Ben Stein’s Case for Intelligent Design

By Eli Rosenblatt

Published March 13, 2008, issue of March 21, 2008.

It may seem a little overzealous to pick a fight with Charles Darwin, the English naturalist who changed how humans understand their origins with his 1859 book “The Origin of Species,” but for lawyer, actor and professor Ben Stein (of “Ferris Bueller’s Day Off” and “The Wonder Years” fame), Darwin is exactly the sort of man he’d like to meet in a dark alley. Arriving in theaters nationwide April 18, Stein’s documentary, “Expelled: No Intelligence Allowed,” may seem at first glance like a comic journey into the debate about evolution and creationism; however, the film takes on the politics of science and academic freedom in America today.

According to a press kit provided by Motive Entertainment, the company that also marketed Mel Gibson’s “The Passion of the Christ,” the documentary will present its audiences with examples of how scientists believing in evolution purposefully marginalize fellow scientists who believe differently — namely in Intelligent Design, which is a modern form of the traditional teleological argument for the existence of God.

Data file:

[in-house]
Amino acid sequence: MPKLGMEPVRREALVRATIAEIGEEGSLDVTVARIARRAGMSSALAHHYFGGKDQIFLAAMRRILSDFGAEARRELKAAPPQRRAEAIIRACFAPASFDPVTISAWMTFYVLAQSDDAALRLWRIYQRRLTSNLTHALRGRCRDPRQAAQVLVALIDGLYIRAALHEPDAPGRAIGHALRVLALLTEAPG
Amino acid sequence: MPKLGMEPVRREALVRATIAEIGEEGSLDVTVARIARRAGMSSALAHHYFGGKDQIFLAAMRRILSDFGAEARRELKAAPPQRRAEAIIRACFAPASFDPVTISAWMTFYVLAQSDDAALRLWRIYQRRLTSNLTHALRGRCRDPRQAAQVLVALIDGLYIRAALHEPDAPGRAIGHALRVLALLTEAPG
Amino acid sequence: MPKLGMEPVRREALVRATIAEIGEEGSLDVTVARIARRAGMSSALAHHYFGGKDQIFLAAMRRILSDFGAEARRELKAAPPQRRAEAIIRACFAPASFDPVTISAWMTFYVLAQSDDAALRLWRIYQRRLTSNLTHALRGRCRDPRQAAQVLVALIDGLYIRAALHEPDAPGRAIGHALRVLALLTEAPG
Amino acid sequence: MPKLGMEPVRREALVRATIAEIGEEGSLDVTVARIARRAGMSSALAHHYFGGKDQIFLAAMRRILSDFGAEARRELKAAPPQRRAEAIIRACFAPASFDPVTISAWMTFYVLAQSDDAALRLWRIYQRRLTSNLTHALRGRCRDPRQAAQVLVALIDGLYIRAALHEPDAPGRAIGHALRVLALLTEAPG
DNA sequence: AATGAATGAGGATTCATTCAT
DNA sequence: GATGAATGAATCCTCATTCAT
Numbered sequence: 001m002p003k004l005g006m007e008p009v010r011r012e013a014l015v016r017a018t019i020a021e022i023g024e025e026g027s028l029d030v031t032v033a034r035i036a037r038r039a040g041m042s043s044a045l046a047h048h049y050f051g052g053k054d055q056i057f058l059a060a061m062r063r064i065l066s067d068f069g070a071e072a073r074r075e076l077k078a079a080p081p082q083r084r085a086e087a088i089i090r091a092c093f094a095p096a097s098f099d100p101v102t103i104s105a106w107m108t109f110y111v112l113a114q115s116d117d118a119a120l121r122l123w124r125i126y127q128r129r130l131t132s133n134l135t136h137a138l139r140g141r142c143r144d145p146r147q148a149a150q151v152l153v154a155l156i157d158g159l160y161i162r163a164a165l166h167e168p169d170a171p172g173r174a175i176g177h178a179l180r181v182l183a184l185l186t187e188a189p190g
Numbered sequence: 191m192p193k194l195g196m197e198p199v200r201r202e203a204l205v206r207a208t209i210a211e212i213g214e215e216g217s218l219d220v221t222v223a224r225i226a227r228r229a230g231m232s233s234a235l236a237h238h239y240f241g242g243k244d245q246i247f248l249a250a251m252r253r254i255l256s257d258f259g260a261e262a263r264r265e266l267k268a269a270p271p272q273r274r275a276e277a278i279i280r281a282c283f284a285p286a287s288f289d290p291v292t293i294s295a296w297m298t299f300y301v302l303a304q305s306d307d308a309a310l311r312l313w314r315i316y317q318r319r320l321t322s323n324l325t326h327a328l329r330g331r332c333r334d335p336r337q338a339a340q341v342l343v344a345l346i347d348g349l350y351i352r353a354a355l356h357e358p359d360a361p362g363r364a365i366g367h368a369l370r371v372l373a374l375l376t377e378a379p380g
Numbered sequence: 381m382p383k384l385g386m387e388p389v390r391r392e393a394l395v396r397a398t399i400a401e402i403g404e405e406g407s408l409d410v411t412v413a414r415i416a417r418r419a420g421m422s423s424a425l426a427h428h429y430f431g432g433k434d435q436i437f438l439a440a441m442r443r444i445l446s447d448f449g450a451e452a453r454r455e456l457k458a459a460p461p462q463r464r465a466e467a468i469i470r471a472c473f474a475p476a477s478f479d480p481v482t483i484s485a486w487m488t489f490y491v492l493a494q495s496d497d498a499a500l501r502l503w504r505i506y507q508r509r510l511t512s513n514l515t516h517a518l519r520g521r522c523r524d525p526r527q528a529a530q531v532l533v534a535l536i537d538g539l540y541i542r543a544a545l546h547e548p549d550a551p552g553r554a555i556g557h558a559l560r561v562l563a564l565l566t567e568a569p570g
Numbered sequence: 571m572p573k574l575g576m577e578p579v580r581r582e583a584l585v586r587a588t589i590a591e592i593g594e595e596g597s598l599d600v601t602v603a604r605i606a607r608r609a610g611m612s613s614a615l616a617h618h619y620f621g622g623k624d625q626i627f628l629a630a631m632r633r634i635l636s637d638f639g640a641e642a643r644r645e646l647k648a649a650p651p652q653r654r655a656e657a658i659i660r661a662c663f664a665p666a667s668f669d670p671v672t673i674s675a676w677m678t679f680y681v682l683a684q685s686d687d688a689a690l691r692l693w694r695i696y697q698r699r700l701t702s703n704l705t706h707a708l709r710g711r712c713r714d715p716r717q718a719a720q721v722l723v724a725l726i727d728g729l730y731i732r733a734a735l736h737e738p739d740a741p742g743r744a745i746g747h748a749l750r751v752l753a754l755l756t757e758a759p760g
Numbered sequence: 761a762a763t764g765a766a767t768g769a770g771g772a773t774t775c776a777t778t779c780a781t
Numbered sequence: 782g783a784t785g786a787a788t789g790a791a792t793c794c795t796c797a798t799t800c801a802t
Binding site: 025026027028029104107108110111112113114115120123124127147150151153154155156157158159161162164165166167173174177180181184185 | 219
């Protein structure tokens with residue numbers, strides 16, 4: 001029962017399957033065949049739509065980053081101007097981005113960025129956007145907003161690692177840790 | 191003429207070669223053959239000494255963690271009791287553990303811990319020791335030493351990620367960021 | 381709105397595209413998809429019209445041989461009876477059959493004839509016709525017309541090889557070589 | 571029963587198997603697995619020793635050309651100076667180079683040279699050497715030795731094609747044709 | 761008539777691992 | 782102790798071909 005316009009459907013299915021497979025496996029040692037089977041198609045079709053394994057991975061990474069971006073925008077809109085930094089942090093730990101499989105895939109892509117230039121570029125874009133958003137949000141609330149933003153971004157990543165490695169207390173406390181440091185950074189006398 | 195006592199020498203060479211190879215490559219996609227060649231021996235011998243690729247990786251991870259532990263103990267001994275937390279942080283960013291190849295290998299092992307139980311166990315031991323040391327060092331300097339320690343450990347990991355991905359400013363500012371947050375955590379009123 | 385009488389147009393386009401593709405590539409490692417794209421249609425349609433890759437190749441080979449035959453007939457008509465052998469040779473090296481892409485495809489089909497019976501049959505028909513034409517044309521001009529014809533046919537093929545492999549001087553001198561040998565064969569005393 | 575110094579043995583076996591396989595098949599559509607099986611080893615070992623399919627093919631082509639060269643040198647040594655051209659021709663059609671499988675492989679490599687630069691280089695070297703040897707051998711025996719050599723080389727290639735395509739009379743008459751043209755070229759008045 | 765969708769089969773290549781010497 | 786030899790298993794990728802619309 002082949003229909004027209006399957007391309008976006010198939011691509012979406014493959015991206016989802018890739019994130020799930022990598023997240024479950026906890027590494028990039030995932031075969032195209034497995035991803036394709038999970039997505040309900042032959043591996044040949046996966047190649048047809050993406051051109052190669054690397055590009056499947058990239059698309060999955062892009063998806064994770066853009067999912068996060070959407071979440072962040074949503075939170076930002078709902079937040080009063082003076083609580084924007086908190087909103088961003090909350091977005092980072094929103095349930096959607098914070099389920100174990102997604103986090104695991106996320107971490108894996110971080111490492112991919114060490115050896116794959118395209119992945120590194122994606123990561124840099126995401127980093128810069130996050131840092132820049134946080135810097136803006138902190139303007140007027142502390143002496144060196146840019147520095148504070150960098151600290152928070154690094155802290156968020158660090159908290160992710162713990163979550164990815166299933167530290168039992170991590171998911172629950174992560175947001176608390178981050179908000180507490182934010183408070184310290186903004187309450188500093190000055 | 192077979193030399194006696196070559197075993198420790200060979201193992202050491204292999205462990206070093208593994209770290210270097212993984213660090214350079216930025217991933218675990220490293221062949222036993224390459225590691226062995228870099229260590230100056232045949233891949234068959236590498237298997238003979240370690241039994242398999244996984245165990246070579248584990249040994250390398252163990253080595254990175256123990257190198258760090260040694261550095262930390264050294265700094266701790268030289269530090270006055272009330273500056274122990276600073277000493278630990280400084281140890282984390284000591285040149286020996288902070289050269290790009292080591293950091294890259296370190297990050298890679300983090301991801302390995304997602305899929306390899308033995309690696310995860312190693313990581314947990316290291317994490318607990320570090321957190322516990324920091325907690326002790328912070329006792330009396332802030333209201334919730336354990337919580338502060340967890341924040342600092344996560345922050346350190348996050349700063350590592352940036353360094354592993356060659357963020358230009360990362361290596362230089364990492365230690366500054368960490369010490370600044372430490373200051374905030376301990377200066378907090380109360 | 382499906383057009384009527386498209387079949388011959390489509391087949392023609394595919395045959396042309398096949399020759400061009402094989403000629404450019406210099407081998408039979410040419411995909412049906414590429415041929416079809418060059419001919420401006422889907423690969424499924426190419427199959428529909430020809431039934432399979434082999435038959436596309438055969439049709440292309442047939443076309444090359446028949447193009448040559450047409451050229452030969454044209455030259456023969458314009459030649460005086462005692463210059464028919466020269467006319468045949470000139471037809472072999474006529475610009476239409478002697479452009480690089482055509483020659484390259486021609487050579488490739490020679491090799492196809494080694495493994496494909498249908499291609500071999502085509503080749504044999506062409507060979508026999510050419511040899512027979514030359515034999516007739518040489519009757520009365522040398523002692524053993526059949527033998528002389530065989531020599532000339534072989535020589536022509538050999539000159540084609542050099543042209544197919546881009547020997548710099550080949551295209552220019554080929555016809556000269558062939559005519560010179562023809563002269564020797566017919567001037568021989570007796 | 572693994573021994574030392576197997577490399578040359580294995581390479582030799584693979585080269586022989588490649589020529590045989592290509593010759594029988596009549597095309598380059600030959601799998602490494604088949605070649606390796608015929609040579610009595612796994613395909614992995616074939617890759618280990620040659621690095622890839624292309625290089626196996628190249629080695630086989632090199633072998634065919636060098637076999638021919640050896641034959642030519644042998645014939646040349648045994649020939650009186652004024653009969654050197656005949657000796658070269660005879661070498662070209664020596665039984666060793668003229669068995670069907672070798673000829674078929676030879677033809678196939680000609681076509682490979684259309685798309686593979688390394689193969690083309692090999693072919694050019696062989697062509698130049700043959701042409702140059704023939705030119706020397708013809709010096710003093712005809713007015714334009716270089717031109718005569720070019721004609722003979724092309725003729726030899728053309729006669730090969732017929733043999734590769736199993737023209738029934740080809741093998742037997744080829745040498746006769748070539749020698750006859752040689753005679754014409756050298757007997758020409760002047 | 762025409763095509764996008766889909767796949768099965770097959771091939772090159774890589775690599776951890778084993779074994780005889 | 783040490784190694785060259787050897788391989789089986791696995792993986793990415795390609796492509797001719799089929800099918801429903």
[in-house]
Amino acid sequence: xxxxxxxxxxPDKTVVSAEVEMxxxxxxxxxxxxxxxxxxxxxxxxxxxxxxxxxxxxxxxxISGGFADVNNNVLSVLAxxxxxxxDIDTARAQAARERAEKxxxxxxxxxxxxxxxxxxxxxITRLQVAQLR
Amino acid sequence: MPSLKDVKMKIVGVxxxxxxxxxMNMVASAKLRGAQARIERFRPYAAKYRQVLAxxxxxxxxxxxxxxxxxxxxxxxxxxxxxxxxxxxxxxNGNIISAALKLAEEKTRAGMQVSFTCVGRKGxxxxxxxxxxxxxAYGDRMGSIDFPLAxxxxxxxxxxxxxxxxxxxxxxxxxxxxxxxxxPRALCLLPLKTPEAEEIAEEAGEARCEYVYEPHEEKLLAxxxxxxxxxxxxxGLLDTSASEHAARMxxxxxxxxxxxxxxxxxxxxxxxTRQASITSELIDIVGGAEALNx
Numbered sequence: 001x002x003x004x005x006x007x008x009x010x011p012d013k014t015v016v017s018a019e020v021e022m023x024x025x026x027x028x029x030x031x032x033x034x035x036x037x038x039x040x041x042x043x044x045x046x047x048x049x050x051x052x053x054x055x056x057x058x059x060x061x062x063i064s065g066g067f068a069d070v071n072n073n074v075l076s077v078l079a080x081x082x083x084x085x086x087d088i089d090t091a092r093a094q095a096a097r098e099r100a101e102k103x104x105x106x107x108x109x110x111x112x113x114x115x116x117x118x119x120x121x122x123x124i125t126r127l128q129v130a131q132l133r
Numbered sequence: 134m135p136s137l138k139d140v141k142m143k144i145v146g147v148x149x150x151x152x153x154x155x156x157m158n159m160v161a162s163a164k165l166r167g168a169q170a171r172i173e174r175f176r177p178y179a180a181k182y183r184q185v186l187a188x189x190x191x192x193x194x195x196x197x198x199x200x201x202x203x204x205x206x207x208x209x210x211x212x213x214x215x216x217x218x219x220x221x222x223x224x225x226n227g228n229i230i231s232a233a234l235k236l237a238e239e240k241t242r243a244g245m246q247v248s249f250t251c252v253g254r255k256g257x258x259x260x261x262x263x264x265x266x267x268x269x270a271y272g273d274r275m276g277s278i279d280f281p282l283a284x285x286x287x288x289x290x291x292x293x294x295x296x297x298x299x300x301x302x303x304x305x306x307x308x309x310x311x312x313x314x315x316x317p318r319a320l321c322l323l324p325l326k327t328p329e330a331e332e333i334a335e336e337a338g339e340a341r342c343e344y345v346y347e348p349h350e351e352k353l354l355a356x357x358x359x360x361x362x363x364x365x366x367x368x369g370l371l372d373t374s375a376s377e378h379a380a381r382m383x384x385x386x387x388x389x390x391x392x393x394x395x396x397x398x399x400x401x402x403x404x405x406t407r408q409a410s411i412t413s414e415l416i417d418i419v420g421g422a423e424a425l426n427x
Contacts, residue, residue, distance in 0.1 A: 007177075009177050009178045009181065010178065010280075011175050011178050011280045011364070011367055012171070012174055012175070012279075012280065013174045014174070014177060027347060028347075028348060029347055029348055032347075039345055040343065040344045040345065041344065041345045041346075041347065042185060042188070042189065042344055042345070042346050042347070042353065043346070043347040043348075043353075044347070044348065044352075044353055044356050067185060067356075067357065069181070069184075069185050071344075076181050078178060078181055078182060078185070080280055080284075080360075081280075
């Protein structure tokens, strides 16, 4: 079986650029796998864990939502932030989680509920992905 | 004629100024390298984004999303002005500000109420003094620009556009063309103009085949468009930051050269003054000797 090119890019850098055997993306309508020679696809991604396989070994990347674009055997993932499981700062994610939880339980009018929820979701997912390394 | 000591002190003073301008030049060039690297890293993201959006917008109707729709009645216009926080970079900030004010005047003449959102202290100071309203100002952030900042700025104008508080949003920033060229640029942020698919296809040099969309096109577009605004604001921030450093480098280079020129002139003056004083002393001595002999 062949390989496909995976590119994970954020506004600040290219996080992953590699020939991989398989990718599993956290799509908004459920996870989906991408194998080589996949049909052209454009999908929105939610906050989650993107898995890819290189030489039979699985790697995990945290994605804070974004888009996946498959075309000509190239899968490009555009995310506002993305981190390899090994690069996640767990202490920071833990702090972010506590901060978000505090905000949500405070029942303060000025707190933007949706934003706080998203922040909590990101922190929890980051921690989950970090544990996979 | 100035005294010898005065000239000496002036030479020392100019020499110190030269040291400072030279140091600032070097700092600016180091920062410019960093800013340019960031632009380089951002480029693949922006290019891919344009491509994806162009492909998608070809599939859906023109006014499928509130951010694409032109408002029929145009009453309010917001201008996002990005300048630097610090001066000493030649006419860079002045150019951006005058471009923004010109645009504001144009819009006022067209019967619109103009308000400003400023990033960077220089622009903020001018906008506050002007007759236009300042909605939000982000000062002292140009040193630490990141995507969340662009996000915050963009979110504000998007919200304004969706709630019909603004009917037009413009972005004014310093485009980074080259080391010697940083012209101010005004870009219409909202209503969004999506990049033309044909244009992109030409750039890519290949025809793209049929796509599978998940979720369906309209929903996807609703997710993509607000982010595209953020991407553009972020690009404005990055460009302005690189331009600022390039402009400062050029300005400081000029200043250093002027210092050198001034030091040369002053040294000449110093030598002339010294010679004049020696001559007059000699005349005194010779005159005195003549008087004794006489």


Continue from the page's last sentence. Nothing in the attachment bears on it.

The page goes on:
The film’s production crew traversed continents in search of professors, biologists and others, some of whom feel that their scientific research that supported Intelligent Design caused damage to their academic reputations and, in some cases, cost them their jobs. (The New York Times reported last September that several scientists complained that they had been misled when they were invited to be interviewed for the documentary, and that they had not been told that the film makes a case for Intelligent Design.)

Publicity materials for “Expelled” assert that the film’s aims are to show how theory is taught as fact, and how in turn, dogma, rather than debate, is the flavor of the day at American universities. According to the press release, the documentary reminds us of something the filmmakers see as all but forgotten. “America is the first Democracy that was founded on the distinctive worldview that ‘a Creator’ conferred ‘inalienable rights’ on human beings, rather than the State, or another institution, such as ‘Big Science.’”

“Big Science,” in this case, is academia that stands by Darwin.



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